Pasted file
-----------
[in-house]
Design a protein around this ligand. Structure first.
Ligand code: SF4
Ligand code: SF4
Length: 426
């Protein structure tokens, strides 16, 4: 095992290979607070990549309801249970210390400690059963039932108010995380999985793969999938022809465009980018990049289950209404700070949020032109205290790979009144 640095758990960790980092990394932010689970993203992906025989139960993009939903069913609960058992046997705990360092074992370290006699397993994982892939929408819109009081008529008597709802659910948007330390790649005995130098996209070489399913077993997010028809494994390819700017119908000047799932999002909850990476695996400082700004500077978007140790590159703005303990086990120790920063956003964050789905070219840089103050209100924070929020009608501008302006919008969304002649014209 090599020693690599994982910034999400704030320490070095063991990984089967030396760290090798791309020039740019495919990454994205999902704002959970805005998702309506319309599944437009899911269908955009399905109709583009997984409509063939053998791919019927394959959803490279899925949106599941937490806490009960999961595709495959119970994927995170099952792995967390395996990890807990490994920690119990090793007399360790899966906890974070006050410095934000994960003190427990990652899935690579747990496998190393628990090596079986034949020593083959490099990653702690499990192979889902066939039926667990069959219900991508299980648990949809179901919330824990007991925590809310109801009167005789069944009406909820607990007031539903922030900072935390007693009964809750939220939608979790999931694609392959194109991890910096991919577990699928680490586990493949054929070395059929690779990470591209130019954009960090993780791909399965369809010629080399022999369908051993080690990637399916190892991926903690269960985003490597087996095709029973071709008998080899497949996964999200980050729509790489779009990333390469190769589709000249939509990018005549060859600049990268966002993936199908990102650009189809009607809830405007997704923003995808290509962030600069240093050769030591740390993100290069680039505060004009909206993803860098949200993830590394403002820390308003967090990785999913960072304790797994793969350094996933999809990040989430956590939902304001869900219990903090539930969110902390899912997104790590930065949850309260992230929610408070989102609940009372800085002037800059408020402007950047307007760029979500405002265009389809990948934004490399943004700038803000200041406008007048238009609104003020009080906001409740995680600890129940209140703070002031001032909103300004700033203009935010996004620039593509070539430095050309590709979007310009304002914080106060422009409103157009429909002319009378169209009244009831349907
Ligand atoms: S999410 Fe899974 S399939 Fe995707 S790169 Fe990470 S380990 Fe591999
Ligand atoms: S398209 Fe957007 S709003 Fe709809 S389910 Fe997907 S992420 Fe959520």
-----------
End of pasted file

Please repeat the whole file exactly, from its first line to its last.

[in-house]
Design a protein around this ligand. Structure first.
Ligand code: SF4
Ligand code: SF4
Length: 426
């Protein structure tokens, strides 16, 4: 095992290979607070990549309801249970210390400690059963039932108010995380999985793969999938022809465009980018990049289950209404700070949020032109205290790979009144 640095758990960790980092990394932010689970993203992906025989139960993009939903069913609960058992046997705990360092074992370290006699397993994982892939929408819109009081008529008597709802659910948007330390790649005995130098996209070489399913077993997010028809494994390819700017119908000047799932999002909850990476695996400082700004500077978007140790590159703005303990086990120790920063956003964050789905070219840089103050209100924070929020009608501008302006919008969304002649014209 090599020693690599994982910034999400704030320490070095063991990984089967030396760290090798791309020039740019495919990454994205999902704002959970805005998702309506319309599944437009899911269908955009399905109709583009997984409509063939053998791919019927394959959803490279899925949106599941937490806490009960999961595709495959119970994927995170099952792995967390395996990890807990490994920690119990090793007399360790899966906890974070006050410095934000994960003190427990990652899935690579747990496998190393628990090596079986034949020593083959490099990653702690499990192979889902066939039926667990069959219900991508299980648990949809179901919330824990007991925590809310109801009167005789069944009406909820607990007031539903922030900072935390007693009964809750939220939608979790999931694609392959194109991890910096991919577990699928680490586990493949054929070395059929690779990470591209130019954009960090993780791909399965369809010629080399022999369908051993080690990637399916190892991926903690269960985003490597087996095709029973071709008998080899497949996964999200980050729509790489779009990333390469190769589709000249939509990018005549060859600049990268966002993936199908990102650009189809009607809830405007997704923003995808290509962030600069240093050769030591740390993100290069680039505060004009909206993803860098949200993830590394403002820390308003967090990785999913960072304790797994793969350094996933999809990040989430956590939902304001869900219990903090539930969110902390899912997104790590930065949850309260992230929610408070989102609940009372800085002037800059408020402007950047307007760029979500405002265009389809990948934004490399943004700038803000200041406008007048238009609104003020009080906001409740995680600890129940209140703070002031001032909103300004700033203009935010996004620039593509070539430095050309590709979007310009304002914080106060422009409103157009429909002319009378169209009244009831349907
Ligand atoms: S999410 Fe899974 S399939 Fe995707 S790169 Fe990470 S380990 Fe591999
Ligand atoms: S398209 Fe957007 S709003 Fe709809 S389910 Fe997907 S992420 Fe959520």